The letters more than compensated for the brevity of the diaries. She wrote many business letters to keep her very busy career in order. While many singers might have longed for more engagements, Kathleen Ferrier was overwhelmed with offers, to the extent that she often had to turn engagements down and beg for a few days respite from her agent, Emmie Tillet. She could certainly never have undertaken such a demanding career had she been married with children. Her letters show that her extensive American tours in the late 1940s involved exhausting travel arrangements. She had to pay for her own advertising, travel, accompanist and accommodation on these tours, so she hardly made a fortune at £50 a concert.
Her affectionate, informal letters to her sister, Winifred, her father and other friends were always bright, self-deprecating and humorous. Her letters of thanks to acquaintances were always appreciative and polite. Even when she turned down songs which had been sent to her, or engagements she could not undertake, she did so in a kindly way.
Once again, it was sad to see her grave illness taking hold so that she eventually lacked health and strength to write her own letters and relied on her help-meet, Bernie to write on her behalf.
There is a good bibliography,an extensive index of works in Kathleen’s repertoire, another of places, venues and festivals, as well as a general index.
My rating: 4 of 5 stars
This was an interesting and unusual novel covering several strands: the narrator’s research into Daphne du Maurier’s work; Daphne du Maurier researching the Brontes in order to write a biography of Branwell Bronte; and Symington, the disgraced Bronte expert. I found it interesting how the author interwove fictional fact with the narrator’s own story, showing similarities between all the characters of her novel. It has encouraged me to reread my collection of du Maurier novels, and to look at Branwell Bronte in a new light. I would recommend this book as a well-written, gripping and unusual novel.
My rating: 5 of 5 stars
This is one of my favourite books, which I read a few years after it was first published in 1960. It will be difficult for young readers to credit that fifty years ago it was considered a disgrace for a woman to have a baby out of wedlock and that her parents might disown her for doing so. The heroine of “The L-Shaped Room” even intends to keep her baby, which would have been unthinkable for most girls in 1960, when they were sent to homes for unmarried mothers and had their babies taken away from them at birth to be put up for adoption.
I bought this book a year or two ago and had initially given up reading it after a few pages. I decided to try it again recently and was pleasantly surprised to find that I enjoyed it very much. Perhaps some of my enjoyment stemmed from growing up in South Africa at much the same time as Prue Leith did herself and remembering her illustrious mother, the late Margaret Inglis, who was one of South Africa’s greatest actresses of her generation.
Prue Leith had many cookery books published in the earlier part of her life. In the comparatively new genre of novel-writing she is very competent and the book held my interest. Perhaps she might have considered giving the sisters in questions more distinctive names – Carrie and Poppy can easily be mixed up. Carrie is not entirely likeable for most of the book, but (as in the advice given in most writing courses)she changes for the better as the book progresses.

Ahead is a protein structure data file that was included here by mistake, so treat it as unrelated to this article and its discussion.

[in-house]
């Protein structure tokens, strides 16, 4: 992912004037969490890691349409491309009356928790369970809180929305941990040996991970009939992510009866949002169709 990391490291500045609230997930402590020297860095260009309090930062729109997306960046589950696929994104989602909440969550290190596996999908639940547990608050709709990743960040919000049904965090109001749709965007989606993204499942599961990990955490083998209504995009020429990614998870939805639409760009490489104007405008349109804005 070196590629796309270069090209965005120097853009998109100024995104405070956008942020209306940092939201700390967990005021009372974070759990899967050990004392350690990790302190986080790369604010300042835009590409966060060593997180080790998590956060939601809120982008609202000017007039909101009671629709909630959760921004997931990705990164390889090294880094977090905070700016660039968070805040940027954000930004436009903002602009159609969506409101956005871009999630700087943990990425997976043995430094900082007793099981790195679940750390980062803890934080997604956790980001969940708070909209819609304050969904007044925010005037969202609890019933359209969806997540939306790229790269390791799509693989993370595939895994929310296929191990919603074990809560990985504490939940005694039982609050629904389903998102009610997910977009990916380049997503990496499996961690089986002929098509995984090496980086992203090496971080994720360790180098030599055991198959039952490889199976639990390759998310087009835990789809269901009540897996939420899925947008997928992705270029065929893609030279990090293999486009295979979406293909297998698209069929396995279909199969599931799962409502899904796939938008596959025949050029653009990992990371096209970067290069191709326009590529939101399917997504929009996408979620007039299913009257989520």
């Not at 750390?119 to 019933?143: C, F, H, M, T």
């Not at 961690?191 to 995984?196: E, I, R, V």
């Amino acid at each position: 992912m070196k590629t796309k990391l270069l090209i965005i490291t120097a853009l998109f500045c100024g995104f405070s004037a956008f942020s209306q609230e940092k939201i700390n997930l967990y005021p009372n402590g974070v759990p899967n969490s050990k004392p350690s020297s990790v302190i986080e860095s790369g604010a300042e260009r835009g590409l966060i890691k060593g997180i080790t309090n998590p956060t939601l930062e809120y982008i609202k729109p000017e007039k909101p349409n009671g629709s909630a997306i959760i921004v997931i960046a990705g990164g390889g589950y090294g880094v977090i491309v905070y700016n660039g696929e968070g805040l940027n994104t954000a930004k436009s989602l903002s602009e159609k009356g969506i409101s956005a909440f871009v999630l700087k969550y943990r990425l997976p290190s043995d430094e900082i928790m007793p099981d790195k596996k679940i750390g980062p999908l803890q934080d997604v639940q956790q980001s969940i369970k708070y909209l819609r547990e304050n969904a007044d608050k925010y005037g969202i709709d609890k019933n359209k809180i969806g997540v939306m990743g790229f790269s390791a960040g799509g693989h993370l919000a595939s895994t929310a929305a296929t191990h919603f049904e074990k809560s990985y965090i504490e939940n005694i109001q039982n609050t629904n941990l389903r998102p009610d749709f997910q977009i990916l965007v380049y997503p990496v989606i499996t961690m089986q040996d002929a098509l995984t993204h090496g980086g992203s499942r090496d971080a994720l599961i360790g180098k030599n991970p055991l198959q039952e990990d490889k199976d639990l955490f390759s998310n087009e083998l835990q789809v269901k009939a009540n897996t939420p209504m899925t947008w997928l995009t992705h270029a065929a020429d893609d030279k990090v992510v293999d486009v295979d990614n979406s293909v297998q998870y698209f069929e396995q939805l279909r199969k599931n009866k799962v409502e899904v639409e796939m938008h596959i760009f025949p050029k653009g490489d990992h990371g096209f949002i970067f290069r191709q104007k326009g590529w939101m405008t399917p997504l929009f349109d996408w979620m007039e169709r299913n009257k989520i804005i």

My only criticism is that Prue Leith spent too much time discussing the food the characters were eating – or cooking! I suppose this is understandable as she made a great name for herself as a cook and restaurant owner.
“Sisters” is not great literature but it is a very enjoyable novel. Now that I have read it I look forward to reading more novels by Prue Leith.
My rating: 2 of 5 stars
I am finding the book quite absorbing, although, since it was written in 1980, the feminist and political views expressed by the characters seem rather dated, in the light of hindsight. I expect they were considered quite unusual at the time. Later: I am afraid that as the book progressed I began to lose interest in the main character’s increasingly peculiar life, friends and acquaintances. I finished the book with difficulty and was very disappointed in it as Margaret Drabble has written some excellent novels and is usually one of my favourite authors. I fear this book is not in the same class as others she has written – or perhaps I lacked the intellect to enjoy it.
I have just read the fascinating story of three lively young South African girls who went to Europe in the 1960s to spend a year travelling from place to place without spending too much money on their travels. They made use of youth hostels and managed to go from one place to another by hitching rides. Admittedly they had strict rules about hitching so they never came to any harm. Somehow I don’t think it would be possible to do the same trip today as everything is so much more expensive and the South African Rand has diminished in value. The book is well-written and extensively illustrated. I recommend this book to anyone who would like to learn more about the girls’ fascinating European adventure all those years ago. The book is available in print and Kindle editions.